Caper films got a
poke in the eye with the deplorable Confidence and The Good Thief earlier
this year. The Italian Job brings the genre back into respectability.
Unfortunately, this is another film thatís shot in the foot by the
people who created the trailer for it, which shows the audience the most
shocking moment of the film. Why
canít those promoting films have more confidence in the film theyíre
promoting and more respect for their audience and refrain from showing the
biggest moments in a trailer? Iím
not going to reveal this moment to protect those who want to see it without
having seen the trailer.
(Mark Wahlberg) is after Steve (Edward Norton) because Steve double-crossed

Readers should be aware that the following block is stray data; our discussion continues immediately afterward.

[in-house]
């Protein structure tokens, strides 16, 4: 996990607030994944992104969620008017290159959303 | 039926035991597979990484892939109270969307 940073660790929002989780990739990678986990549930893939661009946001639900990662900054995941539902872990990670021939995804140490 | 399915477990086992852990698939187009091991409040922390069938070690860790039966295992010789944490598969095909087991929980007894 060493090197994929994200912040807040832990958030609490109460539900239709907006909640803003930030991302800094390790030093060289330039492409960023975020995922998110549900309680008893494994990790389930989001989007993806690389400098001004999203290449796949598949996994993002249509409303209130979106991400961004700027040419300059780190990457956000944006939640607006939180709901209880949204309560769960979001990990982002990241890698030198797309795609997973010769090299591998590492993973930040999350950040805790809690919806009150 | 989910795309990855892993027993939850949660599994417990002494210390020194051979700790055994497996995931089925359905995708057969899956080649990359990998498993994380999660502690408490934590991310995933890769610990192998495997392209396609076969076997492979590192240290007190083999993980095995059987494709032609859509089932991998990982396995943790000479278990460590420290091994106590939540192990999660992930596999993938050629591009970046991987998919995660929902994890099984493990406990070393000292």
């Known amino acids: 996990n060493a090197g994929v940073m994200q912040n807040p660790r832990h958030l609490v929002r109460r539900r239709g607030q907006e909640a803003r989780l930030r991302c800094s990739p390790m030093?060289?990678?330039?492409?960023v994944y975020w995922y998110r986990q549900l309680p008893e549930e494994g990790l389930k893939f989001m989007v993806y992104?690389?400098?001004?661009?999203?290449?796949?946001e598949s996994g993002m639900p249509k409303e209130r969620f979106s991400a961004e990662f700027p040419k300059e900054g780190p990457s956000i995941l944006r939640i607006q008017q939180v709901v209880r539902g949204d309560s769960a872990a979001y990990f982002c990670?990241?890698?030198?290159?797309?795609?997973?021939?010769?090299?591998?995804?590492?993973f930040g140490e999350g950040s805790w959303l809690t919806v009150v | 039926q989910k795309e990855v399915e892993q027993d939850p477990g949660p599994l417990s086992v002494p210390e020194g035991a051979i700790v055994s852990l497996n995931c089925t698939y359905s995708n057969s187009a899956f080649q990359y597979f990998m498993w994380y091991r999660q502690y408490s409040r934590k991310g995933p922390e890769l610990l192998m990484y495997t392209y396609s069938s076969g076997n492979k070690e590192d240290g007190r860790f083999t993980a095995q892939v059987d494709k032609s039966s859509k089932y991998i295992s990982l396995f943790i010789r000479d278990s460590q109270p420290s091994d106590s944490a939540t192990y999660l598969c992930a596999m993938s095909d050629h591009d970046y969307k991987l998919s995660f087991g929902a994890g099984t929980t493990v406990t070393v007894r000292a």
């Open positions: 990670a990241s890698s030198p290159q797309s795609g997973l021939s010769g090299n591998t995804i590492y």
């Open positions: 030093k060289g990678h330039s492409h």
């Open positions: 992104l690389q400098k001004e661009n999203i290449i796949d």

Charlie and his gang. The way
Charlie devises to get Steve is sheer fantasy that could only happen in the
movies. But, hey, this IS a movie!
So itís OK. The fun is
in watching Charlie reassemble his gang and get Stella Bridger (Charlize
Theron), the daughter of Charlieís mentor, John Bridger (Donald
Sutherland), to join them, find Steve, and bring him to his just reward.
Wahlberg is as understated as Norton is hateful.
I liked both performances.
Coming in at a workable
100 minutes, this is a film with no gratuitous violence, no profanity and no
sex, unless youíre like me for whom just looking at Charlize Theron
constitutes a sexual experience, and you get a lot of time to look at her.
of Venice, Italy, and Los Angeles is beautiful.
The car chase scenes, though exciting, are preposterous, as is the
ingenious plan finally devised by Charlie. But this is escapist fare that doesnít pretend to be
Shakespeare. For what it
purports to be, I found it entertaining. It passed the watch test with
flying colors, because I didn't look once.
June 1, 2003